by Keith Laing, The Hill Newspaper
As he runs for president in 2016, New Jersey Gov. Chris Christie (R) is being dogged by a decision early in his gubernatorial term to cancel construction of a rail tunnel between his state and New York City.
Transportation advocates have said the tunnel, which would have carried Amtrak and New Jersey Transit commuter trains under the Hudson River, would have eased commutes between New Jersey and New York City.
Christie has said recently on the campaign trail that he would be willing to revisit the train capacity issue, but transportation advocates are accusing him of changing his tune now that he is trying to woo voters nationally.
“New Jersey Gov. Chris Christie says as president he’d move aggressively on Amtrak’s long delayed Hudson River rail tunnel project — yes, the same tunnel project he killed as governor five years ago,” AFL-CIO Transportation Trades Department President Ed Wytkind wrote in an op-ed in The Huffington Post on Wednesday.
“While cynics (note: I’m a cynic) question motives here and wonder just how much hypocrisy we’ll have to endure in this presidential election, I’ll take what I can get,” Wytkind continued.
Killing the rail tunnel, known as the Access to the Region’s Core (ARC) project, was one of Christie’s first high-profile decisions after he was elected in 2009 in a surprise win over then-New Jersey Gov. Jon Corzine, a Democrat.
The project was originally projected to cost $8.7 billion, but it faced cost overruns. When Christie cancelled it, the price tag was up to $11 billion.
Christie cast the decision at the time as an example of the type of fiscal responsibility that he promised voters in the Garden State when they elected him governor.
“Considering the unprecedented fiscal and economic climate our state is facing, it is completely unthinkable to borrow more money and leave taxpayers responsible for billions in cost overruns,”he said in an October 2010 statement. “The ARC project costs far more than New Jersey taxpayers can afford and the only prudent move is to end this project.”
Amtrak officials have identified expanding train capacity between New Jersey and New York as one of the company’s most pressing needs.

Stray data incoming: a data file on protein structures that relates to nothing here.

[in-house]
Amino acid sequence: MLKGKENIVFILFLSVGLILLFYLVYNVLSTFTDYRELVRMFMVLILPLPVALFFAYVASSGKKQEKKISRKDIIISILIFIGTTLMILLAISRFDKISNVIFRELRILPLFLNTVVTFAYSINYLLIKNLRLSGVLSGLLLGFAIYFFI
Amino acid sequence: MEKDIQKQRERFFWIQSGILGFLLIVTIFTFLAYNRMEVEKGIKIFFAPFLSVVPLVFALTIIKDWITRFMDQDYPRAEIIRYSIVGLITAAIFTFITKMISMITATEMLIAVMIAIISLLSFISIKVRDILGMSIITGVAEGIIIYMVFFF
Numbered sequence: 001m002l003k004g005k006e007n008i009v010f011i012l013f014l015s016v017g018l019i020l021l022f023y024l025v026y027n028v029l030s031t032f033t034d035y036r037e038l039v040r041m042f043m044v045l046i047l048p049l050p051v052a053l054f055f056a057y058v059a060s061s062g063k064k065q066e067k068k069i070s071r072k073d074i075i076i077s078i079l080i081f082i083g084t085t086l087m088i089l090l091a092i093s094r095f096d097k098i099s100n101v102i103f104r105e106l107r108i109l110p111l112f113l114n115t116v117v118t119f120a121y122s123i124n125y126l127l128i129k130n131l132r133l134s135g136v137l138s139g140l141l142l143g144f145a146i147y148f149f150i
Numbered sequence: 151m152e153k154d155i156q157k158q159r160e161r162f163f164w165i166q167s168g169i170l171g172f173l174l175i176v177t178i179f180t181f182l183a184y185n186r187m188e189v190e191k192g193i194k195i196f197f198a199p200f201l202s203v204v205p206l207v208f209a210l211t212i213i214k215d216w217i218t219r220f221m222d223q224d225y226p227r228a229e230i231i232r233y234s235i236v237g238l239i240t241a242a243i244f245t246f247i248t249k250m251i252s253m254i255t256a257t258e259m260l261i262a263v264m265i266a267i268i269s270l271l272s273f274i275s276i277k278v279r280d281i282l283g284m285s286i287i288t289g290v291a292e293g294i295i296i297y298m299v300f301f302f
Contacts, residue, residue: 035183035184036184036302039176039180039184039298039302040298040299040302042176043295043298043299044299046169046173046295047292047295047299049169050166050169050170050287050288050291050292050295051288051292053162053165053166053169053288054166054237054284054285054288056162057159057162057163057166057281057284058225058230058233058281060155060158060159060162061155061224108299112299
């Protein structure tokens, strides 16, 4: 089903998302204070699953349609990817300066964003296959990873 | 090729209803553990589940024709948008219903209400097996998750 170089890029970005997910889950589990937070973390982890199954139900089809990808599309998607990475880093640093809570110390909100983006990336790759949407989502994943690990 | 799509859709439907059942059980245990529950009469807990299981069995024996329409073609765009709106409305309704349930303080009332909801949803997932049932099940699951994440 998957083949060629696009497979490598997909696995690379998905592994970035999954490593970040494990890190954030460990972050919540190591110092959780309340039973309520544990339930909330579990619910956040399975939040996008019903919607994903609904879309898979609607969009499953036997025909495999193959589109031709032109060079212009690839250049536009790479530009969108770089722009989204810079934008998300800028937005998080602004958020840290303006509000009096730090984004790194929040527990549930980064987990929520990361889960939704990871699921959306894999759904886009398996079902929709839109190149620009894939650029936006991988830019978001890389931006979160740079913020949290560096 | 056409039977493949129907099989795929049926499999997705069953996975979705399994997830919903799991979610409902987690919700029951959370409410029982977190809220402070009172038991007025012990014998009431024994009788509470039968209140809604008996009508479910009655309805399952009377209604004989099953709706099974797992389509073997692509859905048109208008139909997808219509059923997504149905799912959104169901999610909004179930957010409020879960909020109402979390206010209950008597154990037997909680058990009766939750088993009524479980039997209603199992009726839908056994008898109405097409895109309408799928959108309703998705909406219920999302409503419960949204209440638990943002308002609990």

“The century-old tunnels require constant attention and maintenance, but the volume of traffic is simply too high to permit maintenance and repair work during weekdays,” Amtrak CEO Joseph Boardman wrote in a February letter to House Speaker John Boehner and Vice President Joe Biden detailing Amtrak’s 2016 budget requests, noting that the tunnels were first opened in 1910.
“Since 1999, Amtrak has kept the tunnels in serviceable condition only by shutting one of the Hudson or East River tubes on weekends for 55 hours to permit access for essential maintenance,” Boardman continued. “These weekend closures severely constrain service to the nation’s busiest rail station.”
Transportation department officials in the Obama administration have also sought to meet with Christie and New York Gov. Andrew Cuomo (D) about the condition of the rail tunnel between New York and New Jersey.
“The condition of the trans-Hudson tunnels is a major threat to the region and to our nation’s transportation system,” Transportation Secretary Anthony Foxx wrote in a July 27 letter to Christie and Cuomo requesting a meeting this month.
“Our administration has long been committed to building a new rail tunnel under the Hudson River,” Foxx continued. “President Obama and former Secretary Ray LaHood pledged $3 billion to the ARC tunnel five years ago. The project was cancelled, the funds were directed elsewhere, and the prospect of a new tunnel has languished.
“It is increasingly clear that the problems of this crumbling asset will not go away, and we remain committed to advancing needed repairs and replacements,” he added.
Foxx said the Obama administration is now supporting a new proposal from Amtrak called the Gateway project to build two new rail tunnels under the Hudson River to double the train capacity between New Jersey and New York.
Christie’s gubernatorial office notes that the ARC and Gateway projects are different rail tunnel proposals. The 2016 hopeful’s aides have said the cancelled tunnel would not have been taken trains directly to Amtrak’s New York City station, even if had been approved.
Christie has blamed Amtrak recently for delays on New Jersey Transit this summer, as rail traffic between New York and New Jersey has backed up.
“NJ Transit commuters were victimized by nearly an entire week of extreme delays and cancellations for one reason only: Amtrak’s indifference to New Jersey commuters and its abject neglect of the infrastructure that New Jersey and our entire region relies upon,” he said in a July 24 statement, after being bombarded with complaints about train delays from commuters.
The AFL-CIO’s Wytkind argued in his Wednesday op-ed that it is Christie’s 2010 decision to cancel the Hudson River tunnel project that is exacerbating problems with the flow of trains now.
“The case for building this tunnel is a no-brainer today and was a no-brainer when it was first proposed,” Wytkind wrote.
“Studies going back more than 20 years tell us that time isn’t on our side as these tunnels deteriorate,” he continued. “The current tunnels under the Hudson going into New York City are over 100 years old and in sad shape: capacity is near 100 percent, delays are on the rise and ridership projections for Amtrak and NJ Transit are on a steady upward trajectory.”